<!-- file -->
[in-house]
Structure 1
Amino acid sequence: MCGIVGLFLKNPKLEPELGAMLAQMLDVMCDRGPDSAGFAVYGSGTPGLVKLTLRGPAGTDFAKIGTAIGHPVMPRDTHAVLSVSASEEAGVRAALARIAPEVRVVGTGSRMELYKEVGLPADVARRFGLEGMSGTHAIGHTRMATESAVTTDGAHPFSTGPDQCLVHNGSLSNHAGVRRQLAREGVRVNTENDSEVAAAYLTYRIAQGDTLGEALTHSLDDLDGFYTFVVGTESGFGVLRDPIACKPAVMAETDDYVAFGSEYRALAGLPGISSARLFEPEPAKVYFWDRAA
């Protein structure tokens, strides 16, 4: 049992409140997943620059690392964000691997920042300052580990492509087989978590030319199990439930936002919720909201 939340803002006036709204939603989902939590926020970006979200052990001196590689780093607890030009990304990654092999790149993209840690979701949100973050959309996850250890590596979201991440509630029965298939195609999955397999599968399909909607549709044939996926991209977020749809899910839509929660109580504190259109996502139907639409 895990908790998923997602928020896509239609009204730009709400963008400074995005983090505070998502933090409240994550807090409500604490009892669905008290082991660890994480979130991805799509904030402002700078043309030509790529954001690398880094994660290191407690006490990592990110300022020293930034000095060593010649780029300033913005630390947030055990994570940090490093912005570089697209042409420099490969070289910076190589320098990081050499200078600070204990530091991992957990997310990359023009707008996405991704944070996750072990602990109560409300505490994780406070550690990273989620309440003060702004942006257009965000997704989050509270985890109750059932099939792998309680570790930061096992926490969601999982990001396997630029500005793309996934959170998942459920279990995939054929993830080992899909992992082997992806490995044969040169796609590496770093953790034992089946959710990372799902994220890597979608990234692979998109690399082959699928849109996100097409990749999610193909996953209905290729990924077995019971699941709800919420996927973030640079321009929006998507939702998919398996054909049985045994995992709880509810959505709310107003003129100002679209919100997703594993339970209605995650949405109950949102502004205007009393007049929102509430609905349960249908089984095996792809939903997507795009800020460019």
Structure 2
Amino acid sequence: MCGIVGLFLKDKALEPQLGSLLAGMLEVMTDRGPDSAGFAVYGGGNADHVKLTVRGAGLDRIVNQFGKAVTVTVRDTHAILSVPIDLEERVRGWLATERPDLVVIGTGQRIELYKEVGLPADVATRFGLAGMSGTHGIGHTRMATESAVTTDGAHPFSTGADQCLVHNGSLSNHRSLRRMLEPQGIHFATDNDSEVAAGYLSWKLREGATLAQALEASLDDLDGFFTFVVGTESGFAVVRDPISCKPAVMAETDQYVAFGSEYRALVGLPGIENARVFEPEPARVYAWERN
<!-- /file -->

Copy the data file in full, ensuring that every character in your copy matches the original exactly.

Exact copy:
[in-house]
Structure 1
Amino acid sequence: MCGIVGLFLKNPKLEPELGAMLAQMLDVMCDRGPDSAGFAVYGSGTPGLVKLTLRGPAGTDFAKIGTAIGHPVMPRDTHAVLSVSASEEAGVRAALARIAPEVRVVGTGSRMELYKEVGLPADVARRFGLEGMSGTHAIGHTRMATESAVTTDGAHPFSTGPDQCLVHNGSLSNHAGVRRQLAREGVRVNTENDSEVAAAYLTYRIAQGDTLGEALTHSLDDLDGFYTFVVGTESGFGVLRDPIACKPAVMAETDDYVAFGSEYRALAGLPGISSARLFEPEPAKVYFWDRAA
């Protein structure tokens, strides 16, 4: 049992409140997943620059690392964000691997920042300052580990492509087989978590030319199990439930936002919720909201 939340803002006036709204939603989902939590926020970006979200052990001196590689780093607890030009990304990654092999790149993209840690979701949100973050959309996850250890590596979201991440509630029965298939195609999955397999599968399909909607549709044939996926991209977020749809899910839509929660109580504190259109996502139907639409 895990908790998923997602928020896509239609009204730009709400963008400074995005983090505070998502933090409240994550807090409500604490009892669905008290082991660890994480979130991805799509904030402002700078043309030509790529954001690398880094994660290191407690006490990592990110300022020293930034000095060593010649780029300033913005630390947030055990994570940090490093912005570089697209042409420099490969070289910076190589320098990081050499200078600070204990530091991992957990997310990359023009707008996405991704944070996750072990602990109560409300505490994780406070550690990273989620309440003060702004942006257009965000997704989050509270985890109750059932099939792998309680570790930061096992926490969601999982990001396997630029500005793309996934959170998942459920279990995939054929993830080992899909992992082997992806490995044969040169796609590496770093953790034992089946959710990372799902994220890597979608990234692979998109690399082959699928849109996100097409990749999610193909996953209905290729990924077995019971699941709800919420996927973030640079321009929006998507939702998919398996054909049985045994995992709880509810959505709310107003003129100002679209919100997703594993339970209605995650949405109950949102502004205007009393007049929102509430609905349960249908089984095996792809939903997507795009800020460019």
Structure 2
Amino acid sequence: MCGIVGLFLKDKALEPQLGSLLAGMLEVMTDRGPDSAGFAVYGGGNADHVKLTVRGAGLDRIVNQFGKAVTVTVRDTHAILSVPIDLEERVRGWLATERPDLVVIGTGQRIELYKEVGLPADVATRFGLAGMSGTHGIGHTRMATESAVTTDGAHPFSTGADQCLVHNGSLSNHRSLRRMLEPQGIHFATDNDSEVAAGYLSWKLREGATLAQALEASLDDLDGFFTFVVGTESGFAVVRDPISCKPAVMAETDQYVAFGSEYRALVGLPGIENARVFEPEPARVYAWERN